Like Elon Musk’s imbroglio with Twitter moves from the meeting room to the courtroomone would expect that, under the watchful eye of the Delaware Court of Chancery, things would take a more predictable trajectory than they have thus far.
In theory, the court case that the social media platform launched on Tuesday to force Musk to follow through on its acquisition offer presents a limited range of possible outcomes: Musk could be forced to close at the agreed price of $44 billion; pay a $1 billion termination fee to withdraw from the deal; spit out an intermediate price that the court decides; or escape unscathed.
Yet if there’s a lesson to be learned from everything that’s happened so far, it’s that there are no guarantees, even in the face of binding contracts, federal regulations, and precedents. history, when it comes to the richest man in the world. Settlement is still an option – some experts even say it’s likely – and would open up a whole new menu of options. Here are a few.
Musk has never been one to refrain from criticizing Twitter, despite being one of the platform’s biggest users.
He has panoramic its content moderation policies as undemocratic, pushed for major changes to both the company’s product and its business model, and consistently criticized the site’s handling of automated spam bots (the “problem the most boring of Twitter”, he once wrote).
Signing a deal for him to buy the platform hasn’t dulled those beards. In a tweet that Twitter included in his lawsuit, he responded to a remark by chief executive Parag Agrawal with nothing but poo emoji.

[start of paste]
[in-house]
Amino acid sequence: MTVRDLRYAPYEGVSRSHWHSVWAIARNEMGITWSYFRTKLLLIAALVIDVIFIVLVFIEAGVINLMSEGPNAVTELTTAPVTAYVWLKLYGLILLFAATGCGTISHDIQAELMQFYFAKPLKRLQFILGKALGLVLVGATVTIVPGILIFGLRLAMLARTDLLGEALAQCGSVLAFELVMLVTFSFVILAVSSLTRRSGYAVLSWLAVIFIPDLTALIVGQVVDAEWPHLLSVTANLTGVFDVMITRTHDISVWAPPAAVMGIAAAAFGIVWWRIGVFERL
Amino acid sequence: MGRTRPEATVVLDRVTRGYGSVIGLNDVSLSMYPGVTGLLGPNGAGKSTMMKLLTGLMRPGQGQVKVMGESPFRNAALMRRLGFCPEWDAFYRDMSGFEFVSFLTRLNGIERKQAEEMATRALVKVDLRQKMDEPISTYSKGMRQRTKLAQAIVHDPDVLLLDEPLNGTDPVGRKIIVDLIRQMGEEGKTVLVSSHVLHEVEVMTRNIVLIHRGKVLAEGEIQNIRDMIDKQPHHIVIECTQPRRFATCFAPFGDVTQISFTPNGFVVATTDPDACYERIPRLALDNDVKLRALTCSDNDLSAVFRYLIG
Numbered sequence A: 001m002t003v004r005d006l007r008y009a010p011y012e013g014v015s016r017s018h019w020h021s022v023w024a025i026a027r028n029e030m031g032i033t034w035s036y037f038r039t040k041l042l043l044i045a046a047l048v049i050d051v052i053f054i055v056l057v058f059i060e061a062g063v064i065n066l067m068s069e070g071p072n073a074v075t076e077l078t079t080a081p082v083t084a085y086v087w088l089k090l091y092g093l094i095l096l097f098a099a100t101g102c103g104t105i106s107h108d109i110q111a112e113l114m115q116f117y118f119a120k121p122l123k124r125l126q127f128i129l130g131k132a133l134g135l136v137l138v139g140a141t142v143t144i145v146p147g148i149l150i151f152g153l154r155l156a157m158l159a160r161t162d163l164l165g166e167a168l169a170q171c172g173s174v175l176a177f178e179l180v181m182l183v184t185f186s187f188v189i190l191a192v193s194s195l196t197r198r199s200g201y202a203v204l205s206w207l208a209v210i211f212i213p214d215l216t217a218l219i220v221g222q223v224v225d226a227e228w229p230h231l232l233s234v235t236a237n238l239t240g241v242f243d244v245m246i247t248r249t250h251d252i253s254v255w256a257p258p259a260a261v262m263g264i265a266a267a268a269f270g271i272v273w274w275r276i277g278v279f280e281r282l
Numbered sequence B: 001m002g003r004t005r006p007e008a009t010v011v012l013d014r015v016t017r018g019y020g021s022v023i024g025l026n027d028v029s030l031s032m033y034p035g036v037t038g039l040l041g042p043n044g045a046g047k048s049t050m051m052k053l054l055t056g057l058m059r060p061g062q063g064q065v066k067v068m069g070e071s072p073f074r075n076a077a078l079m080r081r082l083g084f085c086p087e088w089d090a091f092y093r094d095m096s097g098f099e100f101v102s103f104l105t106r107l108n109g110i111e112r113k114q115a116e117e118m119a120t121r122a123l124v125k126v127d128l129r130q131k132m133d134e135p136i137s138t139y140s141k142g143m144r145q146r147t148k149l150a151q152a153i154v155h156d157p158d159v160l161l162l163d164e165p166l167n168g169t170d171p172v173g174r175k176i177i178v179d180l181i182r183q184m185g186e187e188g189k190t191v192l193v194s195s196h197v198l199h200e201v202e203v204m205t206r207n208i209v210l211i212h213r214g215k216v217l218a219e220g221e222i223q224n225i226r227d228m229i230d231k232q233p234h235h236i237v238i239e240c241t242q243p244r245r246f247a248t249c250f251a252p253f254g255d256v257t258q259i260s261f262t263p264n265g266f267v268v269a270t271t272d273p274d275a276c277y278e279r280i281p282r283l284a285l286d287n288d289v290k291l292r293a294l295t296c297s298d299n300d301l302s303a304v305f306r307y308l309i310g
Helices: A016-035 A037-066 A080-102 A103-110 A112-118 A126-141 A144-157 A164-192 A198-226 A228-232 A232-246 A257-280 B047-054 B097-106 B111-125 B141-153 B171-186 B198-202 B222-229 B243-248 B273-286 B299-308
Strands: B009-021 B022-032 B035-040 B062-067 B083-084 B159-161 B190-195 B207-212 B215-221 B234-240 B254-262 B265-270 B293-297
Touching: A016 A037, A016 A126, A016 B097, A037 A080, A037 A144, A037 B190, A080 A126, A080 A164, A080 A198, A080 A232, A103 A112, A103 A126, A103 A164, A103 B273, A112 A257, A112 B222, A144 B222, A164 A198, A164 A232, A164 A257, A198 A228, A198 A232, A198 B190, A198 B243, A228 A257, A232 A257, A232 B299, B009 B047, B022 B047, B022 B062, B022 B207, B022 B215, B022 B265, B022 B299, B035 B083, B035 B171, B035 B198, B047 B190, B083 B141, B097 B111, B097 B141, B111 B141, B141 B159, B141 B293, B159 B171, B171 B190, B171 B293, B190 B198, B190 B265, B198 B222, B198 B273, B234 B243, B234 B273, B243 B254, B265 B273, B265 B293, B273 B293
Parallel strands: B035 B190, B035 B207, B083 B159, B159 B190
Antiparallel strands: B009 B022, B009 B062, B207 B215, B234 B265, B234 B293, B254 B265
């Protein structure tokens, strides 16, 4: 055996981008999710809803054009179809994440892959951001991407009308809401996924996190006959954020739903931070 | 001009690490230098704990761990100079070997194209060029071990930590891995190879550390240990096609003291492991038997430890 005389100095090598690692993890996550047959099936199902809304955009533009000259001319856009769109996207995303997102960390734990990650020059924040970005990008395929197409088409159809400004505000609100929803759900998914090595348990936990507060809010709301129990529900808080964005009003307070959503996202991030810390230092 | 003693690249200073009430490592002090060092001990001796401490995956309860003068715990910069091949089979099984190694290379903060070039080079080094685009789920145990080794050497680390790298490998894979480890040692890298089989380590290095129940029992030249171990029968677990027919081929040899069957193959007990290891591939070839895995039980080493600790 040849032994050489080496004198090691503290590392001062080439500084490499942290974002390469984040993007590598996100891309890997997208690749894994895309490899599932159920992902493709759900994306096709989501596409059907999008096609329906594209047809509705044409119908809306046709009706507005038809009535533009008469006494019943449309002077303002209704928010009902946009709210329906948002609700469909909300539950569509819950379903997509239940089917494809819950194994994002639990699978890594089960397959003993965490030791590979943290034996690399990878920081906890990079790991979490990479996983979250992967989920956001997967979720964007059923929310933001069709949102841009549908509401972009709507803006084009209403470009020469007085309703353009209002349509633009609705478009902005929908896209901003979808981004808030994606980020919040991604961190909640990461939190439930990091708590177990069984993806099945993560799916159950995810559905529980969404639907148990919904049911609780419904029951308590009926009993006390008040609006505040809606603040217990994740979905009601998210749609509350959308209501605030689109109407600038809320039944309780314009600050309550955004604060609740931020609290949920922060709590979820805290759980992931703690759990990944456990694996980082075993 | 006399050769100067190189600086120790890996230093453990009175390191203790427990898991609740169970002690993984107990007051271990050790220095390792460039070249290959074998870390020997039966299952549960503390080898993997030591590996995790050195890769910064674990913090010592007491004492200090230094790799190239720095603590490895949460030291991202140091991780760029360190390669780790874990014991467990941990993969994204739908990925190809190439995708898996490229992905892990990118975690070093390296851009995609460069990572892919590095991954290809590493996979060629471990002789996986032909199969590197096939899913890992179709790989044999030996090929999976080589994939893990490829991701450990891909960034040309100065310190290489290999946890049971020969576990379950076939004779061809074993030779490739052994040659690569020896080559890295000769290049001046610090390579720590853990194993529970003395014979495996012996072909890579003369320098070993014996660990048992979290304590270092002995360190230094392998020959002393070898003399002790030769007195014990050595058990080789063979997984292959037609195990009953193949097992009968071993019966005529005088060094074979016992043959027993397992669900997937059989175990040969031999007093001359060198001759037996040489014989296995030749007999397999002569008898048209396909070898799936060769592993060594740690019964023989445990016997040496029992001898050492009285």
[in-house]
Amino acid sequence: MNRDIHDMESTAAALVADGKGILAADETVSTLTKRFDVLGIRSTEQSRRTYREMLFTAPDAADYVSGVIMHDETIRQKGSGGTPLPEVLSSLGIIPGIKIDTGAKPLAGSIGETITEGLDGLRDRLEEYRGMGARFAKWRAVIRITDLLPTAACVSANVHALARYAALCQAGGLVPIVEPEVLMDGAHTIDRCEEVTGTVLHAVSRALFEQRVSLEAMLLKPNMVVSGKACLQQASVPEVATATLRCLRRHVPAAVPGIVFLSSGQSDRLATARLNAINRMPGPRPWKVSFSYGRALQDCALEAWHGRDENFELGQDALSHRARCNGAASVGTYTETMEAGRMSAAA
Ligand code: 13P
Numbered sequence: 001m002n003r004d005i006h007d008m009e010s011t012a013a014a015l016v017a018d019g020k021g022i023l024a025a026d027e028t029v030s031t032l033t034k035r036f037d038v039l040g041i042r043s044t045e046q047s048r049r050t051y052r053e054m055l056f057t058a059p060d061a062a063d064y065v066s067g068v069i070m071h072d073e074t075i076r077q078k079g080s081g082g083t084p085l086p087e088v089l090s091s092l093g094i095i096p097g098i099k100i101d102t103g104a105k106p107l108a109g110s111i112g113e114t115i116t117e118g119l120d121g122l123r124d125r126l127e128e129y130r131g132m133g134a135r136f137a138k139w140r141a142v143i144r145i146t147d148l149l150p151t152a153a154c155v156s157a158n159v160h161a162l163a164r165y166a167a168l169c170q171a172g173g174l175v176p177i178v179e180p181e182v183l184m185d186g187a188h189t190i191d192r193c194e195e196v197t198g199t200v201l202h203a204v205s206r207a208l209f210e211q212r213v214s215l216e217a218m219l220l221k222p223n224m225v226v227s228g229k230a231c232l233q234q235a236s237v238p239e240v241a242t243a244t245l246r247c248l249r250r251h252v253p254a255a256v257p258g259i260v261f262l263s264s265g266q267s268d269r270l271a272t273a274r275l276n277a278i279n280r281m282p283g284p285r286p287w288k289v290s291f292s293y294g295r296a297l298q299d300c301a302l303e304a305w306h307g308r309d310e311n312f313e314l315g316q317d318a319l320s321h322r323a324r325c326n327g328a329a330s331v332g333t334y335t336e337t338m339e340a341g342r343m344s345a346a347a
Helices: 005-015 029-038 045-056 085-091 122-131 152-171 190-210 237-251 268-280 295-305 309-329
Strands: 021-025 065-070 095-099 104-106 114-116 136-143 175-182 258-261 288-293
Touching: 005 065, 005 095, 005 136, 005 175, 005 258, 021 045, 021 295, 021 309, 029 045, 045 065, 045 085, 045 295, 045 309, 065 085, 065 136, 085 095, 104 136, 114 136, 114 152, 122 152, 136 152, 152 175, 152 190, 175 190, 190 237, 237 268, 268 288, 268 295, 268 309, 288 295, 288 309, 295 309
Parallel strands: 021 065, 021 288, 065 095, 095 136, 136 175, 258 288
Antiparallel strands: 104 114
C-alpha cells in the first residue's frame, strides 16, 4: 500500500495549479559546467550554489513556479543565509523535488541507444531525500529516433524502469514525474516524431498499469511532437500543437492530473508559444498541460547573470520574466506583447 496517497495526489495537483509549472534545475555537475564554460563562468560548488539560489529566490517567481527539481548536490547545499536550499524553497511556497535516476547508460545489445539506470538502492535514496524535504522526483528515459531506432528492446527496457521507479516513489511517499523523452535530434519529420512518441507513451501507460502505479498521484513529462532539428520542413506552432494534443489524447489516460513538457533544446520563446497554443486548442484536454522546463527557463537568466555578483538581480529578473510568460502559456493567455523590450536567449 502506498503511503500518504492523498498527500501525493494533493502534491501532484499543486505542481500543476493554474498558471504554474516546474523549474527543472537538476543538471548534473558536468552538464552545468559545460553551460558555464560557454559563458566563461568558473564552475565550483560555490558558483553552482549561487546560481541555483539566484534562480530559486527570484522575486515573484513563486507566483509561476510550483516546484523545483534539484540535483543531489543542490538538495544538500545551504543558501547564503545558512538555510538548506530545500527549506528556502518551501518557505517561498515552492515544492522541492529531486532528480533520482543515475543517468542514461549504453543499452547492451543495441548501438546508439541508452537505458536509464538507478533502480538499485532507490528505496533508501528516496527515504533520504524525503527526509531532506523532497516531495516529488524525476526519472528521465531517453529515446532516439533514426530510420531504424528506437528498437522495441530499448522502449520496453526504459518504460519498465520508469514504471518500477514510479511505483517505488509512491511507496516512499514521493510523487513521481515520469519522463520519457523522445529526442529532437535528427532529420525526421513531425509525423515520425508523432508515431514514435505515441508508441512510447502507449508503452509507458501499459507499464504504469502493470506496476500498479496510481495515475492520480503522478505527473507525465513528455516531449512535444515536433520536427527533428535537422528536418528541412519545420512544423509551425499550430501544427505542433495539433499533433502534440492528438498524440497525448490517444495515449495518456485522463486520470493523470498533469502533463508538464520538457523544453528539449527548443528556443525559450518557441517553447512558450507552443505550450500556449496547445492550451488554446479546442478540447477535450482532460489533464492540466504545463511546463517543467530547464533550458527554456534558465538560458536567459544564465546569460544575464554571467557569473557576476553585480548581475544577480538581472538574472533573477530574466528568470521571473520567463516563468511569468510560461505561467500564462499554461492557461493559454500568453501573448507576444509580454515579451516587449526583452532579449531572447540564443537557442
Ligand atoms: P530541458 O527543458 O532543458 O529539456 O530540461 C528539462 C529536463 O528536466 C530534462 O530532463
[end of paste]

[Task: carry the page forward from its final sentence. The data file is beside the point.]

“Since signing the merger agreement, Musk has repeatedly disparaged Twitter and the deal, creating business risk for Twitter and downward pressure on its stock price,” the company complained in the folder. This despite a provision of the agreement which required that Musk’s tweets “not disparage the company or any of its representatives”.
It would not be unusual for this type of agreement to be part of a longer-term settlement, said Charles Elson, founding director of the Weinberg Center for Corporate Governance. “You could have a non-disparagement agreement” in those kinds of circumstances, he said. “I wouldn’t be shocked.”
“He wouldn’t denigrate Twitter, they wouldn’t denigrate him,” Elson added. “That would be mutual non-bashing.”
Whether Musk would actually abide by those terms is, of course, an entirely different matter.
Also on the table could be some sort of nondisclosure agreement, or NDA, that would limit what one or both parties could share publicly about the recurring relationship they’ve been engaged in since early April.
“I could definitely see an NDA happen that would keep certain terms confidential and allow a party to ‘save face,'” Alex Bruno, founder of Glendale-based business law firm Bruno Group, said in an email. -mail.
However, Twitter may still have to disclose some information, given that it is publicly traded, Bruno added.
This eventuality could prove particularly attractive to Twitter because, according to the lawsuit, the company gave Musk significant access to corporate intelligence during their dealings, including about 49 tebibytes of raw historical data from the site.